News : Sanctions
- Published: Sunday, 19 May 2019 23:00
By INU Staff
On May 5th, John Bolton announced that in response to intelligence regarding a possible Iranian attack, the Abraham Lincoln carrier group would be deployed to the Persian Gulf.
In the meantime, the media broadcasts pleas for the US to show restraint, pursue diplomacy, and rein Bolton in, before he starts a war.
Although neither a preemptive strike, nor a full-scale war against Iran has been discussed by Trump, Pence, Pompeo, Shanahan, or Bolton, and Trump’s reluctance for overseas intervention is well known, the antiwar cries go on. They are not about context nor deterring Iran. Their goal is to save the nuclear deal by manipulating Trump into firing Bolton.
It began last April, when Mohammad Javad Zarif was in New York. He granted an interview to Reuters where he said, “I don’t think [Trump] wants war,” but “that doesn’t exclude him basically being lured into one” by Bolton.
A Rouhani adviser tweeted at Trump on May 14th, “You wanted a better deal with Iran. Looks like you are going to get a war instead. That’s what happens when you listen to the mustache (meaning John Bolton). Good luck in 2020!”
Now the regime’s talking point is everywhere. For instance, two former White House officials wrote in the Los Angeles Times, “It’s John Bolton’s world. Trump is just living in it”
Peter Bergen on CNN.com wrote, “John Bolton is Trump’s war whisperer,” on May 14.
“Trump’s potential war with Iran is all John Bolton’s doing. But it might also be his undoing,” says Trita Parsi on NBCNews.com.
Robin Wright of The New Yorker, asks, “Is Trump Yet Another U.S. President Provoking a War?”
In the New York Times, Wendy Sherman writes, “We cannot repeat the days before the Iraq war when even many of our most reliable news outlets repeated and amplified what was, in fact, a flimsy case for war.” Her thought provoking piece for one of our most reliable news outlet repeated and amplified anti-Bolton talking points.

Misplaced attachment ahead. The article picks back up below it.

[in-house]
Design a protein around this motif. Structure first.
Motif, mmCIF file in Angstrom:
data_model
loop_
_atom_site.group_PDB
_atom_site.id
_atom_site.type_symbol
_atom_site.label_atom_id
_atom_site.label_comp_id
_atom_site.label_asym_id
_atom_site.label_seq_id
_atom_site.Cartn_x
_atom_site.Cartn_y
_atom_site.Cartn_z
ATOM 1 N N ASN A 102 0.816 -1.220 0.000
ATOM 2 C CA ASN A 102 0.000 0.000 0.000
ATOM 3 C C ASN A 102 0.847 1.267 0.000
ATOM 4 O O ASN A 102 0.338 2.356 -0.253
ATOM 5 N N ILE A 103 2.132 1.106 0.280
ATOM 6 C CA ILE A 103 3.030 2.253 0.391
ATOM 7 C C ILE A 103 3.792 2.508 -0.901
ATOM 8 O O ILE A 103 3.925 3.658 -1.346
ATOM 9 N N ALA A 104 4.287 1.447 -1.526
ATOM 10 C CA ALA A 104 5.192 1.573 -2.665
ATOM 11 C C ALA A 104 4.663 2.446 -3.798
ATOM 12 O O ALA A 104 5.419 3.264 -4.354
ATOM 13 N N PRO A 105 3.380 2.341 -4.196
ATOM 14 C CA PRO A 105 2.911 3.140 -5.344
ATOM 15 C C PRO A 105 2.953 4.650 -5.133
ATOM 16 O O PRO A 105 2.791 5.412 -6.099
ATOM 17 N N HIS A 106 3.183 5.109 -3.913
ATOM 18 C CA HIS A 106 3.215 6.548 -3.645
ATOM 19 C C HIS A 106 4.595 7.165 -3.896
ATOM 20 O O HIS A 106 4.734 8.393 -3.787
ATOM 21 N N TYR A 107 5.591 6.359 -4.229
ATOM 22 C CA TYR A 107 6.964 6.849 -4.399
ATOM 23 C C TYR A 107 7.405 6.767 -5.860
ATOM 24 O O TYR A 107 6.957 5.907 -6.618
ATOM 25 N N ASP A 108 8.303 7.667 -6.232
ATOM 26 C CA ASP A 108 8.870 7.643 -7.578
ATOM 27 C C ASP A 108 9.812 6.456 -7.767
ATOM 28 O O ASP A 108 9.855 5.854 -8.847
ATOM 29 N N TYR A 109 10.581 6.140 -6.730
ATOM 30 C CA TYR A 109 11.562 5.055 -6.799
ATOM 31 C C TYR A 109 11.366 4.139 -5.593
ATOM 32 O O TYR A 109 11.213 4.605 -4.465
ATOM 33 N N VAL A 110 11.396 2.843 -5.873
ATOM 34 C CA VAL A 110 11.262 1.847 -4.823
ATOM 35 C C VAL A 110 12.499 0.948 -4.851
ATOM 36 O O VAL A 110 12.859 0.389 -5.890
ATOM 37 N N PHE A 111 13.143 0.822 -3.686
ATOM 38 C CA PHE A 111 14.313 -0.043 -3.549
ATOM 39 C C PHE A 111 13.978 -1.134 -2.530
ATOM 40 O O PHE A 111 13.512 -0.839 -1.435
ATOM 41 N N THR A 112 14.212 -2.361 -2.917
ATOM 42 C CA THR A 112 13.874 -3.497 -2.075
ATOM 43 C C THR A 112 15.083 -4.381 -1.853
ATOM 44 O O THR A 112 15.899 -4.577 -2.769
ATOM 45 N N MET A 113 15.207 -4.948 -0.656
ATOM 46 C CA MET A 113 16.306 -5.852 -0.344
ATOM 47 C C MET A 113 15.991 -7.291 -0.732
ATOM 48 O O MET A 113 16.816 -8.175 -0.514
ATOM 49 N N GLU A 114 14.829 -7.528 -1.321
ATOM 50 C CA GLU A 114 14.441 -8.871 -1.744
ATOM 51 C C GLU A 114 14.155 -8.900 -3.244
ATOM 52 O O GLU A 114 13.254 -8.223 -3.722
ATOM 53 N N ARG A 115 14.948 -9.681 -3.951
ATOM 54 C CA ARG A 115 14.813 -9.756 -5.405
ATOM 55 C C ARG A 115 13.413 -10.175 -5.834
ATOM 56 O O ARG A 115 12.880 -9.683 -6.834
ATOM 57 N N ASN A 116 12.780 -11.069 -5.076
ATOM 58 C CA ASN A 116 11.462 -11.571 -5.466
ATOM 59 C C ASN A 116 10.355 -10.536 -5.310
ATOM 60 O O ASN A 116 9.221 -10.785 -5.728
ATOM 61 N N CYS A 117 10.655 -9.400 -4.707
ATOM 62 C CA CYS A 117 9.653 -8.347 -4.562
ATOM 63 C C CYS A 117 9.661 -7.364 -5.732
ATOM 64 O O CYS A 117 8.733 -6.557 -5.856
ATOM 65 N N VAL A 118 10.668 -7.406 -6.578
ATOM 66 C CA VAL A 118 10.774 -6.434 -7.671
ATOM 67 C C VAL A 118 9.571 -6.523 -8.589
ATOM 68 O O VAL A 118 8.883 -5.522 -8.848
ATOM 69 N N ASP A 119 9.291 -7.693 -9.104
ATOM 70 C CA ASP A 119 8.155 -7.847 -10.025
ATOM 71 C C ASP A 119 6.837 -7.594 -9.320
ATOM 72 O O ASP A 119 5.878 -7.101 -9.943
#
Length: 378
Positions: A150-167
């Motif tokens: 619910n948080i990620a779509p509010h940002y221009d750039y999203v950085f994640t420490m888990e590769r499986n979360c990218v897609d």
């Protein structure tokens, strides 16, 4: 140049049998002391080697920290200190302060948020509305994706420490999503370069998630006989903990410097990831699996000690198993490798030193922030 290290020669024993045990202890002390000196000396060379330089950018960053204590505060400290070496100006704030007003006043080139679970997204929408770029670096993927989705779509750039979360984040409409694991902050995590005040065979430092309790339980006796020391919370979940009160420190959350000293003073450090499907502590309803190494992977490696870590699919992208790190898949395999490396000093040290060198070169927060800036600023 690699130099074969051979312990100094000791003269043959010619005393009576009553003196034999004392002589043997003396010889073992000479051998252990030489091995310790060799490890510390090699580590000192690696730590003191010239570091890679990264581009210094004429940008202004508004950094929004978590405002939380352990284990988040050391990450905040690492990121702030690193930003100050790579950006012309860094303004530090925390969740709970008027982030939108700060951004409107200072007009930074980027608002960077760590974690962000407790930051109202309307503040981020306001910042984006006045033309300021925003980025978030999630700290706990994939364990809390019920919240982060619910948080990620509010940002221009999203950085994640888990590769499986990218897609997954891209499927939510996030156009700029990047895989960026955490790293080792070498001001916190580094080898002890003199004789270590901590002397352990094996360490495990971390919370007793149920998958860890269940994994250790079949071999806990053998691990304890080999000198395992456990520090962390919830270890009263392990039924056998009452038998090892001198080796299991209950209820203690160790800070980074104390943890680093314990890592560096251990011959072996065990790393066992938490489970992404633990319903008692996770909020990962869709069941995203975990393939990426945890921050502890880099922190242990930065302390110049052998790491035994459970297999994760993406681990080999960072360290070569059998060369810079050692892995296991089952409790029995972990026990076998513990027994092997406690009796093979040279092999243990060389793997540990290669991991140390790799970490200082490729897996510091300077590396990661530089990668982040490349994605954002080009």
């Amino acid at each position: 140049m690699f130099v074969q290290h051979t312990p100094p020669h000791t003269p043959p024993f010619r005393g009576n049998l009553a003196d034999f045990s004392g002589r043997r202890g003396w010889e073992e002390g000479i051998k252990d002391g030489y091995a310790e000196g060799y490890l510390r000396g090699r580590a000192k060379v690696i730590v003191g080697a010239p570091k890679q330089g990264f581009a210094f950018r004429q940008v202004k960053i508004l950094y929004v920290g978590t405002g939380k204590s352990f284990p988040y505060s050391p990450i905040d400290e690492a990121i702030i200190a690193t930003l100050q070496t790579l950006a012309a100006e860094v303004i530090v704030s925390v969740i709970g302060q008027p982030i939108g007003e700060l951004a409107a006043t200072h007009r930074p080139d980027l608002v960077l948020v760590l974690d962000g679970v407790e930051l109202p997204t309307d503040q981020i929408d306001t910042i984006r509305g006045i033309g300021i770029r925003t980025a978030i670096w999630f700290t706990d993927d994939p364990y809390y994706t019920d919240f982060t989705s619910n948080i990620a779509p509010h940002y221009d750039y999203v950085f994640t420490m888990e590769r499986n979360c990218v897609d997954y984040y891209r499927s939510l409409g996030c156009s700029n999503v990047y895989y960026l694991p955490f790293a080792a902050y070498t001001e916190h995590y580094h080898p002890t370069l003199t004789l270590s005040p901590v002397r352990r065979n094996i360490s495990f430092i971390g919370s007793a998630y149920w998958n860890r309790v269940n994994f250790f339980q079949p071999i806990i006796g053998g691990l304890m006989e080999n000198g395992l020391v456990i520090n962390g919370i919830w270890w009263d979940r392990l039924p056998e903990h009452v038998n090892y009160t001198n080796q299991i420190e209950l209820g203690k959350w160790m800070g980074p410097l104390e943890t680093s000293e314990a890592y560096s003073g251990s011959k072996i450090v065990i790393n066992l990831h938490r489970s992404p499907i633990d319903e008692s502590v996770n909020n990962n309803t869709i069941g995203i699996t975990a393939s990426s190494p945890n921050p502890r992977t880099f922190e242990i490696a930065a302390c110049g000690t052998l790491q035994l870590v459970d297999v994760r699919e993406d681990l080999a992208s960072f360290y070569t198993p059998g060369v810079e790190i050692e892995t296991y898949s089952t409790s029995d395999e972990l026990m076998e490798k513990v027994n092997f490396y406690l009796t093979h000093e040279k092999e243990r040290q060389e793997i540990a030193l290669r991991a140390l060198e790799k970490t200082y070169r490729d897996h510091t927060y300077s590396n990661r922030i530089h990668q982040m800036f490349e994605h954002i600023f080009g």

Former Deputy National Security Adviser Ben Rhodes’s admitted to the New York Times Magazine in 2016, that, “We created an echo chamber” to attack the Iran deal’s opponents through leaks and tips to the D.C. press. “They were saying things that validated what we had given them to say.” He said that these tactics worked because “the average reporter we talk to is 27 years old, and their only reporting experience consists of being around political campaigns. That’s a sea change. They literally know nothing.”
Members of the echo chamber aren’t attacking Iran, instead they slander American opponents — Bolton is just the latest target. He is a Hawkish national security adviser for President Trump.
Trump announced on April 8th, that he was designating the IRGC a terrorist organization, which heightened the threat to the country’s financial base. Pompeo announced on April 22nd, that the United States would end waivers for sanctions on Iranian oil. Iran threatened to close the Strait of Hormuz that very day. One year to the day, after the United States withdrew from the nuclear deal, Iran threatened to follow suit.
CNBC.com, reported that, “Rouhani did not signal the end of the deal entirely, but gave Europe an ultimatum: It will have 60 days to either follow the Trump administration or resume oil trade with Iran to save the agreement, violating U.S. sanctions. A failure to do the latter would prompt Tehran to return to high level uranium enrichment, the Iranian leader said.”
The Iranians are feeling the burn of the US sanctions; their economy is being crushed. If they leave the agreement with Europe, they will be back to square one. Now, Iran has assumed a threatening posture: provoking an American attack could divide the Western alliance.
America is already facing a challenging international environment, with trouble spots in Venezuela, North Korea, China, Ukraine, Afghanistan, Syria, Iraq, as well as Iran.
And meanwhile, Iran’s behavior in the Middle East continues to grow worse.
- Iran: Will regime negotiate with the United States or not?
- Next:Iran threat will not attenuate without pressure